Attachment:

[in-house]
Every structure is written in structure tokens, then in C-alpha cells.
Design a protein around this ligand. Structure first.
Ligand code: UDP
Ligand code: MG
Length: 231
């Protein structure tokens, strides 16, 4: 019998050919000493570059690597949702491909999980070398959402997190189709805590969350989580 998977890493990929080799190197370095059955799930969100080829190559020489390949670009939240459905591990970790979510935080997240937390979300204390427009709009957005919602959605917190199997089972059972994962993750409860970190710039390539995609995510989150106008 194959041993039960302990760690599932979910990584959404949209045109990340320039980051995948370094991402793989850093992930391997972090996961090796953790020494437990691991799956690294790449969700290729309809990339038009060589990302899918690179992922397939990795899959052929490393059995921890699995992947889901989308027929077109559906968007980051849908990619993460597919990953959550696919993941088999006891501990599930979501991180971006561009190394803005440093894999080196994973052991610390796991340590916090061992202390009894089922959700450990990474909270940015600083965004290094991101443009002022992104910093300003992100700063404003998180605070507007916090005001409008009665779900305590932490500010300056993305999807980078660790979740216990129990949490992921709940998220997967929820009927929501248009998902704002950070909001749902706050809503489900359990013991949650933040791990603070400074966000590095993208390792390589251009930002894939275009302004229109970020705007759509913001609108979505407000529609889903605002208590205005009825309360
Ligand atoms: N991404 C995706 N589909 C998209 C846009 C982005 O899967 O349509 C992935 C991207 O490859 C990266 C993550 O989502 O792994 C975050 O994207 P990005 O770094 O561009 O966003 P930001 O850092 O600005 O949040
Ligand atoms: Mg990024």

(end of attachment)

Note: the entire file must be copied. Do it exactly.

[in-house]
Every structure is written in structure tokens, then in C-alpha cells.
Design a protein around this ligand. Structure first.
Ligand code: UDP
Ligand code: MG
Length: 231
């Protein structure tokens, strides 16, 4: 019998050919000493570059690597949702491909999980070398959402997190189709805590969350989580 998977890493990929080799190197370095059955799930969100080829190559020489390949670009939240459905591990970790979510935080997240937390979300204390427009709009957005919602959605917190199997089972059972994962993750409860970190710039390539995609995510989150106008 194959041993039960302990760690599932979910990584959404949209045109990340320039980051995948370094991402793989850093992930391997972090996961090796953790020494437990691991799956690294790449969700290729309809990339038009060589990302899918690179992922397939990795899959052929490393059995921890699995992947889901989308027929077109559906968007980051849908990619993460597919990953959550696919993941088999006891501990599930979501991180971006561009190394803005440093894999080196994973052991610390796991340590916090061992202390009894089922959700450990990474909270940015600083965004290094991101443009002022992104910093300003992100700063404003998180605070507007916090005001409008009665779900305590932490500010300056993305999807980078660790979740216990129990949490992921709940998220997967929820009927929501248009998902704002950070909001749902706050809503489900359990013991949650933040791990603070400074966000590095993208390792390589251009930002894939275009302004229109970020705007759509913001609108979505407000529609889903605002208590205005009825309360
Ligand atoms: N991404 C995706 N589909 C998209 C846009 C982005 O899967 O349509 C992935 C991207 O490859 C990266 C993550 O989502 O792994 C975050 O994207 P990005 O770094 O561009 O966003 P930001 O850092 O600005 O949040
Ligand atoms: Mg990024």